The Secret Ingredient That's Missing From Your Pesto

Crushed fresh basil, finely grated parmesan, pine nuts, garlic, and olive oil are basic ingredients for a simple, delicious pesto sauce (via Cook Republic). All that's missing is a bit of miso paste, right? What's that now? While it might sound like a bizarre fusion experiment, this traditional Japanese ingredient can elevate and enhance lots of things, including marinades, dressings, and sauces, including your pesto (via Kitchn)!

Miso is a thick, savory paste with a rich history that dates back more than a thousand years in Japan. It's made by fermenting a soybean mash with salt and the starter culture aspergillus oryzae (via Science Direct). The most well-known use for the paste is in traditional miso soup, but, with a distinctive umami flavor and often described as "salty, earthy," and even a bit "funky" (via Bon Appetit), miso is worth trying in place of the salt your pesto recipe calls for.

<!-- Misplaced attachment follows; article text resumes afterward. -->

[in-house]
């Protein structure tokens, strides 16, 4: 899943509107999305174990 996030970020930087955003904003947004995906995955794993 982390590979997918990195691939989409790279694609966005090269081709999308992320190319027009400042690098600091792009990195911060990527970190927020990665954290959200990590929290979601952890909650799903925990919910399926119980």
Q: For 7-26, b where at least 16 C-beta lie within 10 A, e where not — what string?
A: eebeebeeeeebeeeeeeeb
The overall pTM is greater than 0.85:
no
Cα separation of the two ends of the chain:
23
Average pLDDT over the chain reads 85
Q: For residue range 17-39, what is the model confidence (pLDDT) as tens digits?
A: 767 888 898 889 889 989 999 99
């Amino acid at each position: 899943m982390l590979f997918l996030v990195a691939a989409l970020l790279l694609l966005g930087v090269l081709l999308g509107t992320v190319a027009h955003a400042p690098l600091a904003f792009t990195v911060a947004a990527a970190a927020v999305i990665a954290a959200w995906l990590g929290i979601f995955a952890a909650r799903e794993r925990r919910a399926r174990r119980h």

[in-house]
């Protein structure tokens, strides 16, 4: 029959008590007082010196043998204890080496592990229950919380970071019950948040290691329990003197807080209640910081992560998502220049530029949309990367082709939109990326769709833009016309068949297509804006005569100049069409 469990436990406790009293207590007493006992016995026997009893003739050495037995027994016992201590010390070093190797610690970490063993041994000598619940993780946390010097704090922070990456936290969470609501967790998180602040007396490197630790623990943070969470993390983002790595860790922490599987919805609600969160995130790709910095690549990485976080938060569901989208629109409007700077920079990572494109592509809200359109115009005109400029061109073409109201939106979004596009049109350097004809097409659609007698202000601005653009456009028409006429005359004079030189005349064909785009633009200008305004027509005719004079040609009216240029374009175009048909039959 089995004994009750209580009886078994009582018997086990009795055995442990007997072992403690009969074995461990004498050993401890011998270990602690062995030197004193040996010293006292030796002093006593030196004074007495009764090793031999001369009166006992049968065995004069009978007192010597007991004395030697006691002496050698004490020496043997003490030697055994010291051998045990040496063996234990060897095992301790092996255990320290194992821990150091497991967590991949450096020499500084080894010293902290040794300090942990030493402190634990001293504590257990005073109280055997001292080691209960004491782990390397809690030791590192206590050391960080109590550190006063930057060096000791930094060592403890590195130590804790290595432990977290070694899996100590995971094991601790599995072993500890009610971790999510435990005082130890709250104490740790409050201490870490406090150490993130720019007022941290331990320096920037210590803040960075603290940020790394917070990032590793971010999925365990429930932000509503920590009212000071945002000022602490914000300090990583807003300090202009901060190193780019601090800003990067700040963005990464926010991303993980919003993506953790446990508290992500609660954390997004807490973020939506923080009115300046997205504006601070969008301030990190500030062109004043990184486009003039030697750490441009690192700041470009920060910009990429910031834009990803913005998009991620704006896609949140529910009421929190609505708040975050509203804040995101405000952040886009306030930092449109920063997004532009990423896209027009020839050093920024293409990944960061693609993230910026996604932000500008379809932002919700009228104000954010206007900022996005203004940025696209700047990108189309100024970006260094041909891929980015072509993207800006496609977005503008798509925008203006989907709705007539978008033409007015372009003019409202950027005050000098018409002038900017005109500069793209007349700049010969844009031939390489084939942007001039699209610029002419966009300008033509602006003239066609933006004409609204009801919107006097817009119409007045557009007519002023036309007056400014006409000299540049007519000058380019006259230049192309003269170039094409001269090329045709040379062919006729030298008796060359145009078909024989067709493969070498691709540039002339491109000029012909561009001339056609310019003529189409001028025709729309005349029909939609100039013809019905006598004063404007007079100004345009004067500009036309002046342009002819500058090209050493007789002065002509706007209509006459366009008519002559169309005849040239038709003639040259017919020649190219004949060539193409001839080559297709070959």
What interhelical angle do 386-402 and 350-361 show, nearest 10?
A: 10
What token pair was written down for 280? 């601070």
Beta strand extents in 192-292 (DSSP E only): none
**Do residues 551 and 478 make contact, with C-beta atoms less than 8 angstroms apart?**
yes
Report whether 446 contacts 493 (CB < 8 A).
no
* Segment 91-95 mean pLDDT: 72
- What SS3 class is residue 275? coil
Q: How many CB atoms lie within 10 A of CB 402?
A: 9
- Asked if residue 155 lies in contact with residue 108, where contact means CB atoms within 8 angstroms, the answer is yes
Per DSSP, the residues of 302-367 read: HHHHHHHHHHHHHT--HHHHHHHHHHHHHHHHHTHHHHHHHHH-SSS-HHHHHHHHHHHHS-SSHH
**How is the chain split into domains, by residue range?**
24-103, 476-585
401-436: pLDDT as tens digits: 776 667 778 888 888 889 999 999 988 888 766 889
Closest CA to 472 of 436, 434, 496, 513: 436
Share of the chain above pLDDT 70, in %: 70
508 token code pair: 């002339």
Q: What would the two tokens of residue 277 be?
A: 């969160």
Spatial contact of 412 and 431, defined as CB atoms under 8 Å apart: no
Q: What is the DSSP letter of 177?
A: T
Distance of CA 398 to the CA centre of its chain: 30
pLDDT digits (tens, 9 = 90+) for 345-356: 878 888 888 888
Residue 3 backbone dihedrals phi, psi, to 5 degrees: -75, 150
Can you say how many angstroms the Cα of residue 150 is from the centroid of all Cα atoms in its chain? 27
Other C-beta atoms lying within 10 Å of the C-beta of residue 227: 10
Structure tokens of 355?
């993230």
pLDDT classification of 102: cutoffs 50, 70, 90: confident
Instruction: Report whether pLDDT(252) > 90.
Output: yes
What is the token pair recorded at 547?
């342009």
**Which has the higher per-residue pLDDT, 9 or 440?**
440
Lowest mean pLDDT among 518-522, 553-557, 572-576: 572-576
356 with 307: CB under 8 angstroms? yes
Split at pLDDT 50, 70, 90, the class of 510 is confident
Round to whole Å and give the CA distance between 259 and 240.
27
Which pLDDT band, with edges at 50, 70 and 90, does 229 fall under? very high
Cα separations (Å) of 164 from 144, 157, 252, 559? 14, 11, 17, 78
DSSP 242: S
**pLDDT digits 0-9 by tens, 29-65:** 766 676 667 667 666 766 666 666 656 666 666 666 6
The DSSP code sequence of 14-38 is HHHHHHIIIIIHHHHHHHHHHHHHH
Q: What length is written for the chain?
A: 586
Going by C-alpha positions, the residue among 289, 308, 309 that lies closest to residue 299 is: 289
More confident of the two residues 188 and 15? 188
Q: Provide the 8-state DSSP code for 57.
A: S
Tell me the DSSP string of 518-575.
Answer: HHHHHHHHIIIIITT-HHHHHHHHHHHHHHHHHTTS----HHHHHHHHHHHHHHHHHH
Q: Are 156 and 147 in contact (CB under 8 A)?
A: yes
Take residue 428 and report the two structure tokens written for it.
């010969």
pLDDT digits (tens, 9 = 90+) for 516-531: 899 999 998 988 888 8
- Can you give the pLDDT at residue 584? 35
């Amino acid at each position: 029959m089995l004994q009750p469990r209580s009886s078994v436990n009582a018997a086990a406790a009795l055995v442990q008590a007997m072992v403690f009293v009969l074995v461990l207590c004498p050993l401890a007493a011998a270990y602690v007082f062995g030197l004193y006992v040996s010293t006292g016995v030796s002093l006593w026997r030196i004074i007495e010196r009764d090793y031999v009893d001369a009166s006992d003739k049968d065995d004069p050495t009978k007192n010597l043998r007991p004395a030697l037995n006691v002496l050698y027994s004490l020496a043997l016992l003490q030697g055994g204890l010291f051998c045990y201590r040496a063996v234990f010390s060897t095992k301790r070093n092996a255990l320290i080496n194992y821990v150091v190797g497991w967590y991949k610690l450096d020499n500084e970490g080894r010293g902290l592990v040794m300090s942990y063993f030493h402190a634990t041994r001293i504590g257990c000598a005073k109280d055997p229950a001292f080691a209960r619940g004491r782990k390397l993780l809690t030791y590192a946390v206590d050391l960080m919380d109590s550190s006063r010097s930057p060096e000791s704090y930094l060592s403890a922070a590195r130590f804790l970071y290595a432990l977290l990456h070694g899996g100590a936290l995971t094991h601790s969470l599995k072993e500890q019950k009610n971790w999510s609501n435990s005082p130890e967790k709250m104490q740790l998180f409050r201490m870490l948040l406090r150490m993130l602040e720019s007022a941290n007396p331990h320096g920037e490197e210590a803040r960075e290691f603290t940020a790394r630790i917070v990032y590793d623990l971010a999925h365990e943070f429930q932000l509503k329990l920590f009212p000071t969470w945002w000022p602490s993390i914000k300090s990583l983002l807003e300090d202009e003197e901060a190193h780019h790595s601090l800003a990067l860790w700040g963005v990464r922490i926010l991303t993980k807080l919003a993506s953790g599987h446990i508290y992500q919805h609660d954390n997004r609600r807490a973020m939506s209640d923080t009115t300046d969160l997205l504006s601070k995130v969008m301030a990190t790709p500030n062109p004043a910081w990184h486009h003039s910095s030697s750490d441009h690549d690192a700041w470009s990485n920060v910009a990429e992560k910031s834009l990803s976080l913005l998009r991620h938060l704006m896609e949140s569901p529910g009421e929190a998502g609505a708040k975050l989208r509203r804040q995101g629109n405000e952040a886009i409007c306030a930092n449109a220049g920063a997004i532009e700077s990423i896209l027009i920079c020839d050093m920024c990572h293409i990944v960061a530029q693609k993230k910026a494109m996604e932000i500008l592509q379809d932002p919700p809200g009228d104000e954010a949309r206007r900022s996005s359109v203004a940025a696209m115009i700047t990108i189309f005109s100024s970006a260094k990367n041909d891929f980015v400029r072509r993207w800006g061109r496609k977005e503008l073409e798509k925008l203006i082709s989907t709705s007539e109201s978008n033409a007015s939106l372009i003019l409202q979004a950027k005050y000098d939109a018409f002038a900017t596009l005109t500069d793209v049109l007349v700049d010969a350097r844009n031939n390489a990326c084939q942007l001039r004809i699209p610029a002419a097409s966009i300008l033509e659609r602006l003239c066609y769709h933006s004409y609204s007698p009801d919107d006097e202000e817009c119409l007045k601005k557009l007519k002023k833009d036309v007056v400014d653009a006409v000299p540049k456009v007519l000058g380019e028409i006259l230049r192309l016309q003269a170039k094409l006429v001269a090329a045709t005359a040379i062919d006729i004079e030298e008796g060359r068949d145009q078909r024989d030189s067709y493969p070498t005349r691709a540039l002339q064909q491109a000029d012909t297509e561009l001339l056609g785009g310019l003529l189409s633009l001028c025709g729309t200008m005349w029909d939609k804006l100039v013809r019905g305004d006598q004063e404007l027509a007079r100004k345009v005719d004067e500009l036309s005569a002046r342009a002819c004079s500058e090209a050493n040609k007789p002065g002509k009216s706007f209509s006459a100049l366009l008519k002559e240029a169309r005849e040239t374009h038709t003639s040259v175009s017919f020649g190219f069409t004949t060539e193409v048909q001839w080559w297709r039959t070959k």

Switch out the salt

Unlike mere salt, miso also adds dimension and depth to your pesto and delivers a richer, more savory, and well-balanced flavor. A little miso goes a long way. To incorporate miso into your next pesto sauce, just add it (one teaspoon per half-cup of pesto sauce) to your food processor or blender along with your other pesto ingredients. Taste, and then add more if you wish (via Kitchn). 

What type of miso paste works best in pesto? The milder white miso, also known as shiro miso, is a good choice, as it will not overpower the delicate herbal flavor of your pesto (via Cook Republic). Yellow miso (shinshu miso) is a bit more intense while red miso (aka miso) is more pungent. Save aka miso for heavier meals,  such as rich soups or glazes (via Bon Appetit). A bonus to adding miso to your pesto? It delivers B, E, and K vitamins, folic acid, and, because it's fermented, plenty of beneficial gut-friendly bacteria (via BBC Good Food).